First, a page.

The Green Bay Packers run defense reverted to form and couldn’t stop Dalvin Cook as the Packers fell to the Minnesota Vikings 28-22 at Lambeau Field. Cook scored all four Vikings touchdown and gained more than 200 yards from scrimmage in the game.
Aaron Rodgers threw three touchdown passes to Davante Adams, but the Packers offense sputtered in the second half and the defense didn’t stop the Minnesota running game until it was too late.
The loss drops the Packers to 5-2 on the season and it was the team’s first division loss under head coach Matt LaFleur.
Here are 10 things we learned from the Packers 28-22 loss to the Vikings:
1. The Run Defense Is Still a Problem
The Vikings ran the ball at will for most of this football game. Cook was the dominant player, gaining more than 200 yards from scrimmage in the game and scoring four touchdowns, the most for a Vikings player since 1979.
Cook gained 163 yards on 30 carries and scored three rushing touchdowns. He also caught two passes for 63 yards which included a 50-yard touchdown on a short pass that featured extremely poor tackling by the Green Bay defense.
Yes, Cook is an outstanding back, but unless the Packers can do a better job of stopping the run, Thursday’s game in San Francisco will be déjà vu all over again for this team.
2. Jamaal Williams Can Start On Many Teams
Jamaal Williams gained 75 yards on 16 carries, a solid 4.7-yard average. He also caught six passes for 27 yards including a pair of passes that got the Packers into Vikings territory and stopped the clock on the final drive.
Williams may not be as explosive or dynamic as Aaron Jones, but he is a solid starter and a smart and determined runner who gets the most out of his ability.
The Packers running game was good enough to win this game and was not part of the problem today.
3. The Offense Lacked Urgency Late in the Game
The Packers trailed the Vikings 28-14 with about six minutes left in the fourth quarter and they had the ball. Unfortunately, the offense did not go to a no-huddle or even up-tempo look and even though the Packers did score, they took too much time off the clock when they did it.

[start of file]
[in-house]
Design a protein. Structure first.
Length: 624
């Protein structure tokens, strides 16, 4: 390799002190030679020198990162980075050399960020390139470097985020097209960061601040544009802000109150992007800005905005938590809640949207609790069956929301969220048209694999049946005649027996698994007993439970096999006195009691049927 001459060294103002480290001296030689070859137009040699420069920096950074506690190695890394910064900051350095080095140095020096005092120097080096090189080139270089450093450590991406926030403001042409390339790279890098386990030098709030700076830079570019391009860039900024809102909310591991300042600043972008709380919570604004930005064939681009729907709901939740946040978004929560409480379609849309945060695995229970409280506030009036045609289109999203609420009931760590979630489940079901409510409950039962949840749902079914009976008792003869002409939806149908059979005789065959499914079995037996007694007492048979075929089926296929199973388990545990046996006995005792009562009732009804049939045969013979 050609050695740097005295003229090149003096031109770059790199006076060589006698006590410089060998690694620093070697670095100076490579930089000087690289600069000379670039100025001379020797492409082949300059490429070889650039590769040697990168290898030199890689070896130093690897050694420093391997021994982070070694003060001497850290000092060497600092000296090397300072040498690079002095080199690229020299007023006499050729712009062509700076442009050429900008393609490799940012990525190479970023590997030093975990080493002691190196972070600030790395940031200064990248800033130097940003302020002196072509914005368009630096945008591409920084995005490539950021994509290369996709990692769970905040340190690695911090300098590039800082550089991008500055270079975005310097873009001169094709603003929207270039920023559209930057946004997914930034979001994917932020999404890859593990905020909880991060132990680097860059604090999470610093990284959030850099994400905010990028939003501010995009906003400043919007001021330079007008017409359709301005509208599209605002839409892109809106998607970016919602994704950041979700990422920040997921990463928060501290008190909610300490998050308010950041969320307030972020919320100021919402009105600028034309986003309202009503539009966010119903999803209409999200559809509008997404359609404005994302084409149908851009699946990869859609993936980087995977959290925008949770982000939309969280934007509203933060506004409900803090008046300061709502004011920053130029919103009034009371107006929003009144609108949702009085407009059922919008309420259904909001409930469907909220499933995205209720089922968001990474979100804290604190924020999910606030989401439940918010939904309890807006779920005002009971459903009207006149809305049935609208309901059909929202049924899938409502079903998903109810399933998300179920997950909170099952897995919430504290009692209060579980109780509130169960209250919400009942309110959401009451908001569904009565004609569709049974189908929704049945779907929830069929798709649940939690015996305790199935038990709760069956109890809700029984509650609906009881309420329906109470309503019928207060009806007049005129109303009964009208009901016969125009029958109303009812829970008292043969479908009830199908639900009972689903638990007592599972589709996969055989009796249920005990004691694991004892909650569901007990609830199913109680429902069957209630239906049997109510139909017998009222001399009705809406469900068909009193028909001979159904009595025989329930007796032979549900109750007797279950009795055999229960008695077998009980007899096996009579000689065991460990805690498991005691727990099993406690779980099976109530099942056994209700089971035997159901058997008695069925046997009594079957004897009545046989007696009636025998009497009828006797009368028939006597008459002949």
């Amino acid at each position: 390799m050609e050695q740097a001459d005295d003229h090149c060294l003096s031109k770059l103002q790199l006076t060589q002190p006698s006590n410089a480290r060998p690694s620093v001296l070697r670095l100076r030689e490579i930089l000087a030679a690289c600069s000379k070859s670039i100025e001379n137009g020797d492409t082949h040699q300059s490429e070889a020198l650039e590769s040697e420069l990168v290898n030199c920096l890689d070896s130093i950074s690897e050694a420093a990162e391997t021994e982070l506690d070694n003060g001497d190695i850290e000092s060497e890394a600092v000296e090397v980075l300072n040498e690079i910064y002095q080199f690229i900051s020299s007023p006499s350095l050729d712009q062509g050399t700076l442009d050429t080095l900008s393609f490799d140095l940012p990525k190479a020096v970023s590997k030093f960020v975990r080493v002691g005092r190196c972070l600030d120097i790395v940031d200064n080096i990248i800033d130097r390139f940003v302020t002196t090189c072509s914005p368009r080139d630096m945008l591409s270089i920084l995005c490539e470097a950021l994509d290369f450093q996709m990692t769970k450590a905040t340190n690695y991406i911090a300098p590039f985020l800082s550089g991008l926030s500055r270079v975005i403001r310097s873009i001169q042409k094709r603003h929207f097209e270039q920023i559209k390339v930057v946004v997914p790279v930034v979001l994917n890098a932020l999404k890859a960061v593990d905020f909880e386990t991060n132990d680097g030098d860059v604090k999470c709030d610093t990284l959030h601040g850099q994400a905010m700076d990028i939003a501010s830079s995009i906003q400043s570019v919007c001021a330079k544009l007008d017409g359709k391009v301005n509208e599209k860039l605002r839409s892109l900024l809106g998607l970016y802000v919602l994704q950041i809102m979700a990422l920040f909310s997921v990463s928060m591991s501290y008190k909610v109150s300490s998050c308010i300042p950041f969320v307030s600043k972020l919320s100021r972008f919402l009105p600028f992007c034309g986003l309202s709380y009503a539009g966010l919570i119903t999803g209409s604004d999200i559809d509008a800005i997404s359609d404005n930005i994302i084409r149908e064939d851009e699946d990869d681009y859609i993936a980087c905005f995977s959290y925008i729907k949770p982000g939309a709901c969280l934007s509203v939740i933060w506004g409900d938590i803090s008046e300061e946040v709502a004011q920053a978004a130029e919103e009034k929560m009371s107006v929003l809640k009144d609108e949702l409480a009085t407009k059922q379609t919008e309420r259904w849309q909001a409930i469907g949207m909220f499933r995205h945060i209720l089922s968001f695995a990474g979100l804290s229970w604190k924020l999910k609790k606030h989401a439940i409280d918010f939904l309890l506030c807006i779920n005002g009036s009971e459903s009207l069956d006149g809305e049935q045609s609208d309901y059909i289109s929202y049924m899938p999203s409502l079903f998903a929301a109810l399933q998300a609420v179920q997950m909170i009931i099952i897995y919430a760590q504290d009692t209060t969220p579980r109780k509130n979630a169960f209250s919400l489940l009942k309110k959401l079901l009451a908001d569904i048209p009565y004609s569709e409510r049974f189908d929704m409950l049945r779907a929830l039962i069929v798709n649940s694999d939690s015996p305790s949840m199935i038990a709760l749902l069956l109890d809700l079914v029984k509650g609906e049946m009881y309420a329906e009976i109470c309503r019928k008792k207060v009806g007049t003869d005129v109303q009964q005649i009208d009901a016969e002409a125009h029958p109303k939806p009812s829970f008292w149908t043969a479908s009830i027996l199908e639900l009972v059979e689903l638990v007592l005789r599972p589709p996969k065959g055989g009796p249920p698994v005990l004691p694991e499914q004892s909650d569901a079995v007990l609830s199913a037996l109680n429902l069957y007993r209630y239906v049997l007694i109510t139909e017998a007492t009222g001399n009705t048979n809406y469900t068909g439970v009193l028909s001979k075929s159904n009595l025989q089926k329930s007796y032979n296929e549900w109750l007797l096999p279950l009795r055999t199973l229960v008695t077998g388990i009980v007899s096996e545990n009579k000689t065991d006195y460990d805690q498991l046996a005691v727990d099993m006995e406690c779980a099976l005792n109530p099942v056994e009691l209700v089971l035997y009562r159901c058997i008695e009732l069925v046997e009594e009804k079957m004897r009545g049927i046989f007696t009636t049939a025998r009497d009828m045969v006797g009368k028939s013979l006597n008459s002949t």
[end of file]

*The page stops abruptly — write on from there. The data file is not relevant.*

The drive went nine plays and 74 yards and took more than half the remaining time off the clock. If the Packers would have gone no-huddle or up-tempo, they could have saved a valuable minute or so off the clock that could have made a big difference at the end of the game.
4. Davante Adams Was Held In Check (Sort Of)
The good news on Adams: he caught seven passes and scored three touchdowns. The bad news: he gained only 53 yards on those seven catches.
The Packers were unable to get Adams the ball down the field with any kind of consistency. His long catch for the day was 15 yards. The wind may have been a factor, but the offense needed more from Adams after the catch then.
Minnesota even used the Tampa 2 defense and had a linebacker doubling up Adams on many plays he ran down the middle. This worked most of the time and prevented Adams from making any big plays.
The offense was shut down for all the third quarter and the first half of the fourth and when the defense can’t stop the opposing running game, that was enough for Minnesota to win the game.
5. The Defense Got Little Pressure on Kirk Cousins
The Packers managed only one sack in this game and Dean Lowry got it. It was Lowry’s first sack since 2018. Nobody else was even credited with a quarterback hit in this game.
This game resembled the NFC title game from last year in that the Vikings didn’t have to throw the football very often to move it consistently. Cousins threw only 14 passes all game and he completed 11 of them for 160 yards. That gave him a 138.1 quarterback rating. Fifty of those yards came on a short pass to Cook that ended up going 50 yards for a touchdown.
Besides the touchdown, the Vikings longest pass of the day was for only 16 yards, but when they are running the ball that well, it was enough to keep the chains moving for Minnesota.
Cousins was efficient but that’s all he had to be. He had plenty of time to throw when he wanted to and the Vikings were able to convert 4-of-8 third down conversions and their only fourth down conversion.